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Abu Dhabi, UAESunday 23 September 2018

Westminster attack hero and minister calls for recognition of mental health issues in veterans

Tobias Ellwood was called a hero after he tried to save the life of PC Keith Palmer during the Westminster attack

Tobias Ellwood, a British minister and former soldier, tried to resuscitate PC Keith Palmer, who was stabbed during the Westminster attack in March. Credit: Matt Dunhan/ AP
Tobias Ellwood, a British minister and former soldier, tried to resuscitate PC Keith Palmer, who was stabbed during the Westminster attack in March. Credit: Matt Dunhan/ AP

A British minister and former soldier, who desperately tried to save the life of a policeman during the Westminster attack, has launched a new initiative to improve mental health within the Armed Forces.

Tobias Ellwood, a Conservative Party politician, rushed to help PC Keith Palmer, who had been stabbed by attacker Khalid Masood, outside the Houses of Parliament. Mr Palmer later died from his injuries.

Pictures of Mr Ellwood covered in blood at the scene after giving the police officer CPR and mouth-to-mouth resuscitation were shown across the world, with many declaring him a hero.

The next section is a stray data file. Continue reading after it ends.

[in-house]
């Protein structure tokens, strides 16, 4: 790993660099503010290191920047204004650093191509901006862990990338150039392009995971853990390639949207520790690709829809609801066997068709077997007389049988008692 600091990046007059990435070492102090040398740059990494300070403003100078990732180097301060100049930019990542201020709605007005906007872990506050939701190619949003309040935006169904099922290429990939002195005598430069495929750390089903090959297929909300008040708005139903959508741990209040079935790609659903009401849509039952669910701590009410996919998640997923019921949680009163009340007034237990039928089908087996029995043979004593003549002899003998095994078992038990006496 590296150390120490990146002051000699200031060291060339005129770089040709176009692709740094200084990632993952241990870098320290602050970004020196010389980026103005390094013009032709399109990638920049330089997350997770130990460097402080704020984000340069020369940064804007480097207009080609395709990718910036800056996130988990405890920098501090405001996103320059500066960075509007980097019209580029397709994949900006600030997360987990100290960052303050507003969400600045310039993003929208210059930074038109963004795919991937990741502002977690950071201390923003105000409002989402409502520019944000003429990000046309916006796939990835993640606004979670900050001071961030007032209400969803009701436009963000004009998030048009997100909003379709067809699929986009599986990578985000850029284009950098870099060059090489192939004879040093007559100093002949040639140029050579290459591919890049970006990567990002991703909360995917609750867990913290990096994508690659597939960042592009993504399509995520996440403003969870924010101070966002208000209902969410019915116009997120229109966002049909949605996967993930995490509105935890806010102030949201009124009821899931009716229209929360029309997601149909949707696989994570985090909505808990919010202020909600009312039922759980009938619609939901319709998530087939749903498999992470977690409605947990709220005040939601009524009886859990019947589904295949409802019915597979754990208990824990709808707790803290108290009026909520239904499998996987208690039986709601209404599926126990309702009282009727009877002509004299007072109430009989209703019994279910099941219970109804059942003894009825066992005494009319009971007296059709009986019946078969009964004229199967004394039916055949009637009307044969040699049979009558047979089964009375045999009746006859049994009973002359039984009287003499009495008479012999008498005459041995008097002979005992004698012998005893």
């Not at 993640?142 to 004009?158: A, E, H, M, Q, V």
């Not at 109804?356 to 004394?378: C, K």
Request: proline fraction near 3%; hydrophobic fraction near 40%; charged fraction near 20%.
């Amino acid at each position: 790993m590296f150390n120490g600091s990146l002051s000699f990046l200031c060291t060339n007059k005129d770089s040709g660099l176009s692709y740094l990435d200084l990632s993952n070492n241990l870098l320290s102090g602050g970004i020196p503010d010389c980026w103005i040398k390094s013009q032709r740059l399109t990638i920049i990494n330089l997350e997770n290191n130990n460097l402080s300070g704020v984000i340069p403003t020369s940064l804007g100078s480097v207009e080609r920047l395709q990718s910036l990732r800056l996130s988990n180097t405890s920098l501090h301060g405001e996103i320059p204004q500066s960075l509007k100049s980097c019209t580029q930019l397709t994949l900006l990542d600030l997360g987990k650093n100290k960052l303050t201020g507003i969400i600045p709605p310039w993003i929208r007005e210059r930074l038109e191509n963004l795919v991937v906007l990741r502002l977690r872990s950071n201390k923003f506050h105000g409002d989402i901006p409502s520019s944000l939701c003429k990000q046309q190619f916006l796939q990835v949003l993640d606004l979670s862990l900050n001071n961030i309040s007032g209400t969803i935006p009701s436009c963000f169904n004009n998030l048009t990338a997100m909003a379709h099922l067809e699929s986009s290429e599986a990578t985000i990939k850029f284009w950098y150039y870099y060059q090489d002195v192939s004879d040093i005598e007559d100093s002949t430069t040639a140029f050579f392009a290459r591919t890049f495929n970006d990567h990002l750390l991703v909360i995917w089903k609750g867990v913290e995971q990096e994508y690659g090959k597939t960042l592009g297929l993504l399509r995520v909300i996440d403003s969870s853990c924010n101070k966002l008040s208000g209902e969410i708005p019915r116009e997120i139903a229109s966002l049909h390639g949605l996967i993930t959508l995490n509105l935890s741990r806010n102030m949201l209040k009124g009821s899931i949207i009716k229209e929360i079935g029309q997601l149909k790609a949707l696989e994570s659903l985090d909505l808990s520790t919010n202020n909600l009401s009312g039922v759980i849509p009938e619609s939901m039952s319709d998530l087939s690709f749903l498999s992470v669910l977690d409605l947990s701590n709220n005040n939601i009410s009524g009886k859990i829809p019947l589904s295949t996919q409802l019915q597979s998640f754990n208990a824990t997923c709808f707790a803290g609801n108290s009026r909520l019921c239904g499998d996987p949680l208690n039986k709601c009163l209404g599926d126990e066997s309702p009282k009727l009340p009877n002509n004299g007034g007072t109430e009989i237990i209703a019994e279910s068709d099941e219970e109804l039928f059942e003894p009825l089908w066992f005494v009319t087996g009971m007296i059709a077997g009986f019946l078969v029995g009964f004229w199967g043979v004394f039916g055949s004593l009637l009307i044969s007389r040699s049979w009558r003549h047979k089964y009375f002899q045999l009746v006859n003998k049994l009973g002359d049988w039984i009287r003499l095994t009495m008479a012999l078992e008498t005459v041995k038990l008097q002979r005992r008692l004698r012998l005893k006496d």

The 50-year-old, who served in the British army until the late 1990's, spoke to the Daily Telegraph for the first time about the attack earlier this year.

He told the publication: "I think the hardest thing, as well as stepping through with others to try and save PC Keith Palmer's life, was coming home and finding my eight-year-old boy on top of the stairs having refused to go to bed.

"It was 10 o'clock at night and he was really confused. He couldn't understand why a bad person would do what he did and he also couldn't quite understand why I had then stepped forward in the way that I did.

"I had to explain to him that there are some bad people in this world. There are bad people doing bad things, but there are more good people doing good things, and that's why we stand up to events such as this."

Mr Ellwood is using his position in the Ministry of Defence to call for recognition of the different mental health issues that conflict can inflict on those in the armed forces.

He urged those who are suffering not to "bottle up" their feelings in a bid to end the stigma around mental health problems.

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